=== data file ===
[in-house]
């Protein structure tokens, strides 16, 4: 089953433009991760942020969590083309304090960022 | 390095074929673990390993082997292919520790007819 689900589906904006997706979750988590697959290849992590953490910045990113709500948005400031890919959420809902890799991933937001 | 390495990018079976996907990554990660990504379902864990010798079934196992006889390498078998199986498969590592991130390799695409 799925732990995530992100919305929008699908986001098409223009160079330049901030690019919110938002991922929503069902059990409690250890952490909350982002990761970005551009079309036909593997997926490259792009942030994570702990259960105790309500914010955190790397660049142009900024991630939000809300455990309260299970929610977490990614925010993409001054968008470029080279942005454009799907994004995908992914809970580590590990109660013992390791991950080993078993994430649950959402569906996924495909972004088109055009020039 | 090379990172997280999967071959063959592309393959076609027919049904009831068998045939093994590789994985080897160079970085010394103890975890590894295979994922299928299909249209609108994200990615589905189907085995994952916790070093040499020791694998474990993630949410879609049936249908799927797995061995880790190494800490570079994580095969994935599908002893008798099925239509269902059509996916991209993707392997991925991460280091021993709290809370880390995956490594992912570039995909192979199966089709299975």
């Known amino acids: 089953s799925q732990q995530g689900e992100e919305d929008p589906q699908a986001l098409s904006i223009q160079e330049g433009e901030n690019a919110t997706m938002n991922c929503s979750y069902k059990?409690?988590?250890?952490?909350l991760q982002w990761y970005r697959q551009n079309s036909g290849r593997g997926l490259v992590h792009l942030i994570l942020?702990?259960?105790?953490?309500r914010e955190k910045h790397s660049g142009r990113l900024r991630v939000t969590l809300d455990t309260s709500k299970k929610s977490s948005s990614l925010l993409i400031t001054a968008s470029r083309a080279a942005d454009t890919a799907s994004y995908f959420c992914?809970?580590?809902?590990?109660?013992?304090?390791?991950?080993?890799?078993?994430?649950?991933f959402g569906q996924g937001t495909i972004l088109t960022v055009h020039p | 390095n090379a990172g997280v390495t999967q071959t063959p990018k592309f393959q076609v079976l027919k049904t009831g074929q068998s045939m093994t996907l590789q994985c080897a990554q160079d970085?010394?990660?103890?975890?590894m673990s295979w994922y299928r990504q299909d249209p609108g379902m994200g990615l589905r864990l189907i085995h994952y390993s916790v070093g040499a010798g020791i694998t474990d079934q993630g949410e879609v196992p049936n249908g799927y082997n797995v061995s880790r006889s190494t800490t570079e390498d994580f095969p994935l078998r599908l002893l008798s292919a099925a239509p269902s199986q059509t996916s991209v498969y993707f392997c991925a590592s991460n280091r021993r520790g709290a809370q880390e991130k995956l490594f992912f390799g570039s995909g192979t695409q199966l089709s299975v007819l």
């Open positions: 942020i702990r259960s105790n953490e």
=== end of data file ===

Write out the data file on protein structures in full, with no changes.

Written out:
[in-house]
């Protein structure tokens, strides 16, 4: 089953433009991760942020969590083309304090960022 | 390095074929673990390993082997292919520790007819 689900589906904006997706979750988590697959290849992590953490910045990113709500948005400031890919959420809902890799991933937001 | 390495990018079976996907990554990660990504379902864990010798079934196992006889390498078998199986498969590592991130390799695409 799925732990995530992100919305929008699908986001098409223009160079330049901030690019919110938002991922929503069902059990409690250890952490909350982002990761970005551009079309036909593997997926490259792009942030994570702990259960105790309500914010955190790397660049142009900024991630939000809300455990309260299970929610977490990614925010993409001054968008470029080279942005454009799907994004995908992914809970580590590990109660013992390791991950080993078993994430649950959402569906996924495909972004088109055009020039 | 090379990172997280999967071959063959592309393959076609027919049904009831068998045939093994590789994985080897160079970085010394103890975890590894295979994922299928299909249209609108994200990615589905189907085995994952916790070093040499020791694998474990993630949410879609049936249908799927797995061995880790190494800490570079994580095969994935599908002893008798099925239509269902059509996916991209993707392997991925991460280091021993709290809370880390995956490594992912570039995909192979199966089709299975």
């Known amino acids: 089953s799925q732990q995530g689900e992100e919305d929008p589906q699908a986001l098409s904006i223009q160079e330049g433009e901030n690019a919110t997706m938002n991922c929503s979750y069902k059990?409690?988590?250890?952490?909350l991760q982002w990761y970005r697959q551009n079309s036909g290849r593997g997926l490259v992590h792009l942030i994570l942020?702990?259960?105790?953490?309500r914010e955190k910045h790397s660049g142009r990113l900024r991630v939000t969590l809300d455990t309260s709500k299970k929610s977490s948005s990614l925010l993409i400031t001054a968008s470029r083309a080279a942005d454009t890919a799907s994004y995908f959420c992914?809970?580590?809902?590990?109660?013992?304090?390791?991950?080993?890799?078993?994430?649950?991933f959402g569906q996924g937001t495909i972004l088109t960022v055009h020039p | 390095n090379a990172g997280v390495t999967q071959t063959p990018k592309f393959q076609v079976l027919k049904t009831g074929q068998s045939m093994t996907l590789q994985c080897a990554q160079d970085?010394?990660?103890?975890?590894m673990s295979w994922y299928r990504q299909d249209p609108g379902m994200g990615l589905r864990l189907i085995h994952y390993s916790v070093g040499a010798g020791i694998t474990d079934q993630g949410e879609v196992p049936n249908g799927y082997n797995v061995s880790r006889s190494t800490t570079e390498d994580f095969p994935l078998r599908l002893l008798s292919a099925a239509p269902s199986q059509t996916s991209v498969y993707f392997c991925a590592s991460n280091r021993r520790g709290a809370q880390e991130k995956l490594f992912f390799g570039s995909g192979t695409q199966l089709s299975v007819l």
């Open positions: 942020i702990r259960s105790n953490e």